Remember to Move Over
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After a recent accident in Butler County left one tow truck worker dead, law enforcement officials want to remind the public of the Move Over Law.
The law, passed in 2009, mandates that all cars passing stopped emergency vehicles must slow down and move into the other lane. The law was later amended in 2012 to include moving over for stopped utility workers. This keeps officers and other roadside workers safe from being struck by a moving vehicle.
“You have a greater chance of dying, being struck by a vehicle when you get out on a traffic stop, than you actually do being shot,” says Alabama State Trooper Kevin Cook. Cook says when he first became a trooper, he was given advice to always watch out while he was on the roads.
“When I came on many years ago, my training officer said, ‘You need to be aware of the traffic, you always need to be aware of your surroundings,'” Cook says.
Crenshaw County Chief Deputy Mike Johnson agrees, and says that while he has never been hit by a car, he has had a few close calls.
“I’ve had several officers on my shift that have been hit over the years,” Johnson says. “They didn’t see it coming, and in some cases, the people didn’t see them. It wasn’t like they intentionally hit them, but it was an accident.”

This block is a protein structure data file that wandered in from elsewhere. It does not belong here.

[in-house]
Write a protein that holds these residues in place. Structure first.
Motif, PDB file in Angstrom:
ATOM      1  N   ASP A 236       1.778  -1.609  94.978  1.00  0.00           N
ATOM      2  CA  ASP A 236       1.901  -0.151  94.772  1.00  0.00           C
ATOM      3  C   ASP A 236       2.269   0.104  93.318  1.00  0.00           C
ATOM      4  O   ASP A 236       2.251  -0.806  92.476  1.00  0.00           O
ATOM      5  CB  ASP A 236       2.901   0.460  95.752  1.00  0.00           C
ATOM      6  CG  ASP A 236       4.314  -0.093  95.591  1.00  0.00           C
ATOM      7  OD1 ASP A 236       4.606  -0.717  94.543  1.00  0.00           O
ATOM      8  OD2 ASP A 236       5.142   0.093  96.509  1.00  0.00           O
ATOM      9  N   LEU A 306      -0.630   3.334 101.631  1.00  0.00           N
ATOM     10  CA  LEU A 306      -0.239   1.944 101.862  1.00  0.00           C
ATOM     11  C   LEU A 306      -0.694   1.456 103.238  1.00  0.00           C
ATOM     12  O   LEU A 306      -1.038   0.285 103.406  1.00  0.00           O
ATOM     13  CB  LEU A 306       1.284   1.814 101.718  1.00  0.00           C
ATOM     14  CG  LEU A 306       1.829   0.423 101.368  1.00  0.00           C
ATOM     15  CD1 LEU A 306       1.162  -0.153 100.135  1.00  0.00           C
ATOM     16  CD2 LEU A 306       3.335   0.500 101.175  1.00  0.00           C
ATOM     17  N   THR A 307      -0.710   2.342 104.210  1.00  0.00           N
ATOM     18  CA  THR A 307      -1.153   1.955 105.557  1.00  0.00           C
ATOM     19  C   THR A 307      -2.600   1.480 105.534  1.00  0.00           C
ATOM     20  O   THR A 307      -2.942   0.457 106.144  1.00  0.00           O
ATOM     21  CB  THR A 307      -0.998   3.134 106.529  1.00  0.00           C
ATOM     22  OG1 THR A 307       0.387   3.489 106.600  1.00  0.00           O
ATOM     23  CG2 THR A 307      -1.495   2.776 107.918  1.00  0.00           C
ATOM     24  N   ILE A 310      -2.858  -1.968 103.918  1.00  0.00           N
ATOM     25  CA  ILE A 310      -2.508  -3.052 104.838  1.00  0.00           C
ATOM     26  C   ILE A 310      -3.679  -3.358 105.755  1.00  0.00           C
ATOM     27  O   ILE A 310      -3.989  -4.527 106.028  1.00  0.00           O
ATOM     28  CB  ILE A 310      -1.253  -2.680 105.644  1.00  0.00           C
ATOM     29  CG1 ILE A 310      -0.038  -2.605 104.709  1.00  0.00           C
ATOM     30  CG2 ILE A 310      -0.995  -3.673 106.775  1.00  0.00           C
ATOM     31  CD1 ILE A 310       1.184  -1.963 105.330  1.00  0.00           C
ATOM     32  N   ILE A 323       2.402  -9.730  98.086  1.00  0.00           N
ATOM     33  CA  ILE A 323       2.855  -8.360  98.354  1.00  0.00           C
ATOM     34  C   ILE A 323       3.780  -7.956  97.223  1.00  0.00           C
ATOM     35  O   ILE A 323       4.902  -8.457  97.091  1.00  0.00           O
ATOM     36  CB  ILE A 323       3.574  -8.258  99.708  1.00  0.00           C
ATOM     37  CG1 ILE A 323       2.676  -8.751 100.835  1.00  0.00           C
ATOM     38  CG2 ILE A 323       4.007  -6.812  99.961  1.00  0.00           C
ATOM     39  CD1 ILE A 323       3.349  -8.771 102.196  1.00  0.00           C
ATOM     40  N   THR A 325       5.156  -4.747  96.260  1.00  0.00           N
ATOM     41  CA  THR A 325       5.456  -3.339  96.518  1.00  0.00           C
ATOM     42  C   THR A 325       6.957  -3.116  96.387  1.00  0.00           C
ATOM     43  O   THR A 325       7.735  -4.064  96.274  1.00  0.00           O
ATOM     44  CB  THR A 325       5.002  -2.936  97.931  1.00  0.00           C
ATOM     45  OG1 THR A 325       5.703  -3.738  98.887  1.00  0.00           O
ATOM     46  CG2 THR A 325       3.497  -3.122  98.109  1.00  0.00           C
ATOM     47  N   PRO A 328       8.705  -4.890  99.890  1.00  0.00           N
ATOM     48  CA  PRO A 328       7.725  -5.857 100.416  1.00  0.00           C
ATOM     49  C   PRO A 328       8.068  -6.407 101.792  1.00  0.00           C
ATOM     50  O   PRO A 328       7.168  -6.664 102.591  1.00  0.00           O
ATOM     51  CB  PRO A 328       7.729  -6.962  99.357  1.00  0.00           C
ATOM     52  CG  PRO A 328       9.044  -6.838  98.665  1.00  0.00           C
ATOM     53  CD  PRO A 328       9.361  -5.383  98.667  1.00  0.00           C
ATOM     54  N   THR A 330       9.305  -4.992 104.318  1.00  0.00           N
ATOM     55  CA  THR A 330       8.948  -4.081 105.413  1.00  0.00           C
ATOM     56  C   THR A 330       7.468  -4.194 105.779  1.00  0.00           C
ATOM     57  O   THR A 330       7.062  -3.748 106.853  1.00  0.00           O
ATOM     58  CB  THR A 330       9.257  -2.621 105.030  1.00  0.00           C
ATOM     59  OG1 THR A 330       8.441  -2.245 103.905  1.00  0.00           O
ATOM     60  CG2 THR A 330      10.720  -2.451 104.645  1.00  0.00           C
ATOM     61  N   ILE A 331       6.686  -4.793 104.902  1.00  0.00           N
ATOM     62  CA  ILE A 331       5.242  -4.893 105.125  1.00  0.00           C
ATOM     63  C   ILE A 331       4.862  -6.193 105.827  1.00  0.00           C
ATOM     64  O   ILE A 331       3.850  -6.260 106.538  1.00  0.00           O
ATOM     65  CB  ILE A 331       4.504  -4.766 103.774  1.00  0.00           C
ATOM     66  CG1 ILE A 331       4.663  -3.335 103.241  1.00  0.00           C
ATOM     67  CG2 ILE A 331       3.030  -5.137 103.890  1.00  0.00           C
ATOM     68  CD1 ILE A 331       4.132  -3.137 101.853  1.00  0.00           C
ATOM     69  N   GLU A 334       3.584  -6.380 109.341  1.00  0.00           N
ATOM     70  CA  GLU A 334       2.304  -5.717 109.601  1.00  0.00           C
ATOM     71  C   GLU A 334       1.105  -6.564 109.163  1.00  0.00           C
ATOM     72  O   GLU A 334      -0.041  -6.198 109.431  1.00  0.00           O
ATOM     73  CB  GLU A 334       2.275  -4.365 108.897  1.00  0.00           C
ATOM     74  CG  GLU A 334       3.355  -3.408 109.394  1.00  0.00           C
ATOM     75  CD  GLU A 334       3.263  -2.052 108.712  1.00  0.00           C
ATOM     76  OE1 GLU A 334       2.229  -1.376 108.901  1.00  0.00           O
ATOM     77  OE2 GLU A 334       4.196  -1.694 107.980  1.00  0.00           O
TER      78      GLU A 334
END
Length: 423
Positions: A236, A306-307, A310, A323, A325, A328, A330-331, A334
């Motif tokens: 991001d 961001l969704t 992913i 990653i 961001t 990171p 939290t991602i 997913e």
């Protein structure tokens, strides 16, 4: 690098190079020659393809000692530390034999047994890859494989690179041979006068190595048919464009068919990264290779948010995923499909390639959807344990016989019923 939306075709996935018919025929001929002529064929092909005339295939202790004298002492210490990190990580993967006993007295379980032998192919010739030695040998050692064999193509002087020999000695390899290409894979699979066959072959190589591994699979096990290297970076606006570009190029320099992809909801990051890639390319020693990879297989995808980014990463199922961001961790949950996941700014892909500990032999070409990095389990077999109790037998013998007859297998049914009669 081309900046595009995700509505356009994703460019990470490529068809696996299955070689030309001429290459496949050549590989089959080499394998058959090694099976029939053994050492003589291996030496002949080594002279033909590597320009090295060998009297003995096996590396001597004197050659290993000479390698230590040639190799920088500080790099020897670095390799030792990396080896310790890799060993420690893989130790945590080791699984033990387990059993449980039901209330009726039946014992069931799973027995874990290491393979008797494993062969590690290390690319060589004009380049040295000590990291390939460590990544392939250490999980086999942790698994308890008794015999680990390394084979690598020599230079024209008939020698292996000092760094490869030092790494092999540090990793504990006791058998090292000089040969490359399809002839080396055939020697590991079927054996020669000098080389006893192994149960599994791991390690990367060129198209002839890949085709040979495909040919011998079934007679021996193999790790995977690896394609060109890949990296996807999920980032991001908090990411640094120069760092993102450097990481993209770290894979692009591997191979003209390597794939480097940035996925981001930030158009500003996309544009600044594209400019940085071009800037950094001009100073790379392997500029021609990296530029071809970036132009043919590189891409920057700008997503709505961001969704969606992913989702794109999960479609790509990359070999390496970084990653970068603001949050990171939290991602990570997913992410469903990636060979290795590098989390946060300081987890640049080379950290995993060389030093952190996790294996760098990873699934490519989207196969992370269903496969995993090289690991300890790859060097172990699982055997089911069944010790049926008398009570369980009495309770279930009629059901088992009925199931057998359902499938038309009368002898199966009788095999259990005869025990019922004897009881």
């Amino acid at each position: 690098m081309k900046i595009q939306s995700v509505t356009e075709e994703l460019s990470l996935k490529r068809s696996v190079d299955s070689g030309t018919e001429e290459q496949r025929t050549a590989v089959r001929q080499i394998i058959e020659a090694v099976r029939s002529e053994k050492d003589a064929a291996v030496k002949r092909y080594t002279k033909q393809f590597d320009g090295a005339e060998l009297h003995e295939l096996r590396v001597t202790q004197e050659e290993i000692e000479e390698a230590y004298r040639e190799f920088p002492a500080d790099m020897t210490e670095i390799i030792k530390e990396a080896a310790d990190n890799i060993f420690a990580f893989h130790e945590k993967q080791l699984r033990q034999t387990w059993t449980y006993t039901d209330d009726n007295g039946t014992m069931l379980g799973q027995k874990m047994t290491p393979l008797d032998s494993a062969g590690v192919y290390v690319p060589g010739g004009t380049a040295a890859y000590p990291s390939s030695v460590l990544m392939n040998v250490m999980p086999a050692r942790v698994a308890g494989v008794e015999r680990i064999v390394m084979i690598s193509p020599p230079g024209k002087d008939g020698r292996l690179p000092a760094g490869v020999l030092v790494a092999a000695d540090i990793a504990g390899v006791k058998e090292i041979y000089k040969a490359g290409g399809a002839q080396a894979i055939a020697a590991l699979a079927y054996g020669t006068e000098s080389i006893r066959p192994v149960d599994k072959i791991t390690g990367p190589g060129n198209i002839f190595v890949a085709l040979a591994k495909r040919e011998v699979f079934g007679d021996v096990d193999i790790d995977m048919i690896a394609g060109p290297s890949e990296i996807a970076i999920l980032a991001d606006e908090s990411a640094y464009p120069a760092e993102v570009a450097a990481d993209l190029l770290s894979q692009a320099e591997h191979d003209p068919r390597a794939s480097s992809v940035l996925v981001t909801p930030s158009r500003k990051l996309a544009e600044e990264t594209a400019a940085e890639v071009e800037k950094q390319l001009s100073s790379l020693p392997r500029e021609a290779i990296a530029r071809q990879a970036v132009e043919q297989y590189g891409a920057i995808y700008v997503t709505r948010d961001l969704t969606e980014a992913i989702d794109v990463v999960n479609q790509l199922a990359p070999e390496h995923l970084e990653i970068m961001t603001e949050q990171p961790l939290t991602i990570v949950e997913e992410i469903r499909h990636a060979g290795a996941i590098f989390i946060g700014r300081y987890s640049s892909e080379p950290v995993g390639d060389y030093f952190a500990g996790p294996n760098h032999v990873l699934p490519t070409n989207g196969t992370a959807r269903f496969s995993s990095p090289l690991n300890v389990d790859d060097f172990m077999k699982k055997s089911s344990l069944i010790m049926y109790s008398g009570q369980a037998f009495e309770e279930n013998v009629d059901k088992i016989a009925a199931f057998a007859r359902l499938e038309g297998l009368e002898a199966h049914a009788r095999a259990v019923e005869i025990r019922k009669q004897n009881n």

All were accidents Cook says could have been avoided.
“Take heed to when they see blue flashing lights, not only blue flashing lights but any type of flashing lights on the side of the road, they either need to move over, if possible, or at least slow down,” Cook says.
Many are calling for the law to include not only stopped utility or emergency vehicles, but normal vehicles on the side of the road. A move Mike Owen agrees with. Owen wishes people would have moved over for him when he had car troubles.
“Just be polite to people. Treat them as you’d want to be treated,” Owen says. “If I was changing a tire on the side of the road, move over for me! I’ve done that, it’s scary. I was up there near Tuscaloosa, and people didn’t move over and… Yeah it is scary.”
Officers say drivers following this law could mean the difference between life or death.
“Pay attention to the road,” Johnson asks. “Not as much to the lights, just get over a little bit and give us a little extra room, for the guys and ladies that are out there. And just be safe.”
Cook does say that if traffic is too heavy to merge into another lane, the best thing a driver can do when passing an accident is to slow down to 15 miles per hour below the speed limit. A driver can be fined if they do not slow down and move over when they pass a stopped emergency or utility vehicle, and points can be added to their driving record.